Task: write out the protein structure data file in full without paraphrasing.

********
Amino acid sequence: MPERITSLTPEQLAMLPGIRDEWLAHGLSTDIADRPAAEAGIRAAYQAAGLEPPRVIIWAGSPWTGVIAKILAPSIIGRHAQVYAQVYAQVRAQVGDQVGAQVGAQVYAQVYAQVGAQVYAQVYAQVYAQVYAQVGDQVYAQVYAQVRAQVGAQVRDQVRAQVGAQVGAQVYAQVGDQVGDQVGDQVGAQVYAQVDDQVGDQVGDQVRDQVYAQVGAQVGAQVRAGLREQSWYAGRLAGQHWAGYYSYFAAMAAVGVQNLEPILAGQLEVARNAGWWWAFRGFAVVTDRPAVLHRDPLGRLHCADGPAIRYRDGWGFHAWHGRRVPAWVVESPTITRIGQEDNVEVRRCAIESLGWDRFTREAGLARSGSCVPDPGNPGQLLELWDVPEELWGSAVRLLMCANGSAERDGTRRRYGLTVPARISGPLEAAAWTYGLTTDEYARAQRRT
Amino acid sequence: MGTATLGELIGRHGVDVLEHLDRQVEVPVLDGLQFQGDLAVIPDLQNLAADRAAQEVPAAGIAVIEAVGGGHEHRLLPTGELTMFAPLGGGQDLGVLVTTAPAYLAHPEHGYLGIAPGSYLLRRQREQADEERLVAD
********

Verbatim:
Amino acid sequence: MPERITSLTPEQLAMLPGIRDEWLAHGLSTDIADRPAAEAGIRAAYQAAGLEPPRVIIWAGSPWTGVIAKILAPSIIGRHAQVYAQVYAQVRAQVGDQVGAQVGAQVYAQVYAQVGAQVYAQVYAQVYAQVYAQVGDQVYAQVYAQVRAQVGAQVRDQVRAQVGAQVGAQVYAQVGDQVGDQVGDQVGAQVYAQVDDQVGDQVGDQVRDQVYAQVGAQVGAQVRAGLREQSWYAGRLAGQHWAGYYSYFAAMAAVGVQNLEPILAGQLEVARNAGWWWAFRGFAVVTDRPAVLHRDPLGRLHCADGPAIRYRDGWGFHAWHGRRVPAWVVESPTITRIGQEDNVEVRRCAIESLGWDRFTREAGLARSGSCVPDPGNPGQLLELWDVPEELWGSAVRLLMCANGSAERDGTRRRYGLTVPARISGPLEAAAWTYGLTTDEYARAQRRT
Amino acid sequence: MGTATLGELIGRHGVDVLEHLDRQVEVPVLDGLQFQGDLAVIPDLQNLAADRAAQEVPAAGIAVIEAVGGGHEHRLLPTGELTMFAPLGGGQDLGVLVTTAPAYLAHPEHGYLGIAPGSYLLRRQREQADEERLVAD